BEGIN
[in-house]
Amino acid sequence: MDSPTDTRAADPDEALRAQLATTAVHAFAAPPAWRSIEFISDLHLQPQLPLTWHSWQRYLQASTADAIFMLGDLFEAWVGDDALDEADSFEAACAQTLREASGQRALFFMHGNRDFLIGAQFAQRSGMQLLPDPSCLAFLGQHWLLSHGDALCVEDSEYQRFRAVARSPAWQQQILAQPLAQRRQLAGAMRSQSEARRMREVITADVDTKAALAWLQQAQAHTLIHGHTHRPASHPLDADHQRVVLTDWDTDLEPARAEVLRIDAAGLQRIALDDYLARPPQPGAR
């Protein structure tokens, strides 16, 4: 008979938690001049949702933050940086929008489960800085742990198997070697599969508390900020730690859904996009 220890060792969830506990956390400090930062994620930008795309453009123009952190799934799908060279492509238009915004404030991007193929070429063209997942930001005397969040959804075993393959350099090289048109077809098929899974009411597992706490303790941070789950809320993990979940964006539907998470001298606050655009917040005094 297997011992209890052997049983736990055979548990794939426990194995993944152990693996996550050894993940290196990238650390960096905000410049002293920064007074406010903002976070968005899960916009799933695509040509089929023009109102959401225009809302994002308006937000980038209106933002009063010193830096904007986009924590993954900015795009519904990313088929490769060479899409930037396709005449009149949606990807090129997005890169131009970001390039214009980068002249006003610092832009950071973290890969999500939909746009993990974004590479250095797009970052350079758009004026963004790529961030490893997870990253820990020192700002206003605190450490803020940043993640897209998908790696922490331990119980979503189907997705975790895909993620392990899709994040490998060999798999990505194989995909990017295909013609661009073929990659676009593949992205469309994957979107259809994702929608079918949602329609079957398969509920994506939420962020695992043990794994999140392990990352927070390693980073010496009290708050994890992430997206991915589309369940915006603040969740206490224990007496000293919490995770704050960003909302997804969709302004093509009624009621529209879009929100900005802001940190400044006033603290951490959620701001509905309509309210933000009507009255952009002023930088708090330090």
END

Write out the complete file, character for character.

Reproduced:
[in-house]
Amino acid sequence: MDSPTDTRAADPDEALRAQLATTAVHAFAAPPAWRSIEFISDLHLQPQLPLTWHSWQRYLQASTADAIFMLGDLFEAWVGDDALDEADSFEAACAQTLREASGQRALFFMHGNRDFLIGAQFAQRSGMQLLPDPSCLAFLGQHWLLSHGDALCVEDSEYQRFRAVARSPAWQQQILAQPLAQRRQLAGAMRSQSEARRMREVITADVDTKAALAWLQQAQAHTLIHGHTHRPASHPLDADHQRVVLTDWDTDLEPARAEVLRIDAAGLQRIALDDYLARPPQPGAR
């Protein structure tokens, strides 16, 4: 008979938690001049949702933050940086929008489960800085742990198997070697599969508390900020730690859904996009 220890060792969830506990956390400090930062994620930008795309453009123009952190799934799908060279492509238009915004404030991007193929070429063209997942930001005397969040959804075993393959350099090289048109077809098929899974009411597992706490303790941070789950809320993990979940964006539907998470001298606050655009917040005094 297997011992209890052997049983736990055979548990794939426990194995993944152990693996996550050894993940290196990238650390960096905000410049002293920064007074406010903002976070968005899960916009799933695509040509089929023009109102959401225009809302994002308006937000980038209106933002009063010193830096904007986009924590993954900015795009519904990313088929490769060479899409930037396709005449009149949606990807090129997005890169131009970001390039214009980068002249006003610092832009950071973290890969999500939909746009993990974004590479250095797009970052350079758009004026963004790529961030490893997870990253820990020192700002206003605190450490803020940043993640897209998908790696922490331990119980979503189907997705975790895909993620392990899709994040490998060999798999990505194989995909990017295909013609661009073929990659676009593949992205469309994957979107259809994702929608079918949602329609079957398969509920994506939420962020695992043990794994999140392990990352927070390693980073010496009290708050994890992430997206991915589309369940915006603040969740206490224990007496000293919490995770704050960003909302997804969709302004093509009624009621529209879009929100900005802001940190400044006033603290951490959620701001509905309509309210933000009507009255952009002023930088708090330090």